Financial institutions have access to billions of existing data points on consumers that can help them better understand current and prospective customers’ needs. As a result, these same organizations are well positioned to use this data to improve targeting programs, the consumer experience, and ultimately, loyalty and revenues.
Analyzing transactional data is at the core of the data at a financial institution’s disposal. Transaction data can uncover powerful insights into customer needs, preferences and behaviors. However, transaction data represents only one type of insight that financial institutions possess. Other types of insight that reside within an organization include both structured data (demographic profiles, product ownership, balances, etc.) and unstructured internal data (call center logs, channel interactions, correspondence, etc.).
In addition to internal data sources, banks and credit unions can also take advantage of external data. Social media represents a largely untapped source of insight that financial organizations can use to develop a more holistic view of their customers. Social media insight is most effective in identifying opportunities based on recent life events, such as a birthday, marriage or even a recent major purchase.
At the end of the day, capturing and using consumer insight can be an important differentiator for organizations hoping to build new relationships and solidify those relationships already in place. In fact, CapGemini found that over 60% of financial services institutions in North America considered data analytics to be a source of a significant competitive advantage. In addition, over 90% believed that “successful data initiatives will determine the winners of the future.”
Despite this potential to leverage data to understand and serve consumers, only 20.1% of respondents to a survey from NGDATA felt very confident that their financial institution understood them. More than 50% of those surveyed were only somewhat confident or not confident at all that their bank or credit union understood their needs.
The in-depth survey of more than 500 U.S. consumers examined the most important characteristics when choosing a financial institution, the channels households prefer to use, as well as how loyalty can be earned. It was found that each of these components of a financial relationship are directly impacted by how well data is used to increase the level of consumer understanding.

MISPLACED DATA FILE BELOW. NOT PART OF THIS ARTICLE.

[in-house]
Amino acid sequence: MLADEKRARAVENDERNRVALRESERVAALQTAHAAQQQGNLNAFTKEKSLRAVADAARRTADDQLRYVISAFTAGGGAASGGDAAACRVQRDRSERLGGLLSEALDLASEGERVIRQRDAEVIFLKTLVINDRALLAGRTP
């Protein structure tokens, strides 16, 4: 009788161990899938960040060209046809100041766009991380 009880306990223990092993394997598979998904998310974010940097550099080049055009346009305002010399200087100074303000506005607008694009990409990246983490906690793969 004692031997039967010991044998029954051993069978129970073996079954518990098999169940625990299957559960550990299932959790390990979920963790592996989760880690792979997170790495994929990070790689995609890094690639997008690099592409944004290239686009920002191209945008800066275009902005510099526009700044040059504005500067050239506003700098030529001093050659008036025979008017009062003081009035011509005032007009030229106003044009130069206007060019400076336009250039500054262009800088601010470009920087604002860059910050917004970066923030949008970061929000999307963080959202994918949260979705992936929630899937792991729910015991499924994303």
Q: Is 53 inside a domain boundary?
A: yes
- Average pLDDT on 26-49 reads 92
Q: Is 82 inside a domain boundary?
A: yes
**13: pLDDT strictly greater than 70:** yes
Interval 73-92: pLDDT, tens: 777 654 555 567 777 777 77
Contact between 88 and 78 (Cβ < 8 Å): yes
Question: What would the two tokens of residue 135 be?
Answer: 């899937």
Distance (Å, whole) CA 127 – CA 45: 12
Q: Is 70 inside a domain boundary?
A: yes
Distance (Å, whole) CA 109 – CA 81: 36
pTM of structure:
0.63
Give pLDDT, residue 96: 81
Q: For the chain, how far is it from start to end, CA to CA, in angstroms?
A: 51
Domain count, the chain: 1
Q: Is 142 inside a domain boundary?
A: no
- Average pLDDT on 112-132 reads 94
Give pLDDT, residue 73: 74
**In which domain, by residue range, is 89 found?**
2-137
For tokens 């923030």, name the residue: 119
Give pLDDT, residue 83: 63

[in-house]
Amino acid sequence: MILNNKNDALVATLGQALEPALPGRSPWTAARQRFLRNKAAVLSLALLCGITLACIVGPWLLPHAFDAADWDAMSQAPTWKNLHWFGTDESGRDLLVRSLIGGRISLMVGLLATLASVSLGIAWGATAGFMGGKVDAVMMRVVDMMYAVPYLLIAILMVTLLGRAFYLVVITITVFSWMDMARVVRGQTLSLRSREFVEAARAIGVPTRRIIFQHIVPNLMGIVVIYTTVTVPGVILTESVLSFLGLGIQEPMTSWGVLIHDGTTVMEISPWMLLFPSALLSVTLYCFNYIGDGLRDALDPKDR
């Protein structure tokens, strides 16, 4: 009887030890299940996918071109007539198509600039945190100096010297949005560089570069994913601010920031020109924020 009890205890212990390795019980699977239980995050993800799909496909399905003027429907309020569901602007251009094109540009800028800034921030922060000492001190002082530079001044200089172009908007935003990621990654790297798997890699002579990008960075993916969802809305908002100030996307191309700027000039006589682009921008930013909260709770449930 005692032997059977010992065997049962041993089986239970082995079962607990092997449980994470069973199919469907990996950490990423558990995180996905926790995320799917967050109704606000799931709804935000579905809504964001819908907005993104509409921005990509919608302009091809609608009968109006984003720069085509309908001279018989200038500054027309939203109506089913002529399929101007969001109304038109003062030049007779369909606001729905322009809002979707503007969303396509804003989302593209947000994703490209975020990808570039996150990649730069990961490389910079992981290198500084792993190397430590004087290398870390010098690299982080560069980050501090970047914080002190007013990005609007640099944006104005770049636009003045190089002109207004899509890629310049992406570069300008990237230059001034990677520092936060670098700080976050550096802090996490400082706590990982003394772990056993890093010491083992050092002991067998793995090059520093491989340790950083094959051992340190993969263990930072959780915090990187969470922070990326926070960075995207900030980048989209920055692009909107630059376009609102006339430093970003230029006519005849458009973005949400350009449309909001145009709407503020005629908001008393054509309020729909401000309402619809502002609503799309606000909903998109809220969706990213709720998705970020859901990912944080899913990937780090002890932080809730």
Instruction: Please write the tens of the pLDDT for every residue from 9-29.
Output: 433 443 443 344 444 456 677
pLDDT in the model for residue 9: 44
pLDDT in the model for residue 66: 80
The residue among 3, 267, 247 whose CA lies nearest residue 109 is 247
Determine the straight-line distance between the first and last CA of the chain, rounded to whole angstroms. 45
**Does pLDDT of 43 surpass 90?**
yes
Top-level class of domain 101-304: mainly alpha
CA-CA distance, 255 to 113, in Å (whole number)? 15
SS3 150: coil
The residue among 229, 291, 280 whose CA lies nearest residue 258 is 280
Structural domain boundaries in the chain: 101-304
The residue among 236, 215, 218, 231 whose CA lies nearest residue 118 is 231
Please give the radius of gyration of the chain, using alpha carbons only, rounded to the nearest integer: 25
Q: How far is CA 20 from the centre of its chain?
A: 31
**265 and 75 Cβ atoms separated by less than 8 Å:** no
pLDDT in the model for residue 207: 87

“The key for financial institutions to deliver superior customer experiences is to contextualize data, and to get personal – understand the customer at the individual level, and understand their lifestyle to deliver products, services and content that are pertinent to them, via the right channel, at the right time,” stated Luc Burgelman, CEO of NGDATA. . “The research shows that consumers want to be valued, and by effectively using existing consumer data, organizations have an exciting opportunity to drive actionable results that deliver greater revenue to the business.”
Customer Service is King
42.2% of respondents said customer service is the most important factor when selecting a financial institution, compared to bank location (24.3%), efficient online services (22%), and financial rates/loans (11.5%) offered by the bank or credit union. Furthermore, 37.7% of respondents hold multiple bank accounts, with 42.5% of 45-54 year olds holding 1-3 accounts – indicating that organizations need to identify their high value, likely-to-churn customers.
The research indicates that the overwhelming demand for quality customer service provides motivation for financial organizations and their executives to improve their customer experience levels to differentiate themselves and to stay ahead of competitors. This, in turn, will improve acquisition results, engagement and cross-sell effectiveness as well as customer loyalty and growth. Banks and credit unions can achieve this by leveraging existing and historical consumer data to target consumers at the individual level and foster a more custom and personalized experience.
Read More: How Big Data Can Build Trust in Banking
Support of Multichannel Experience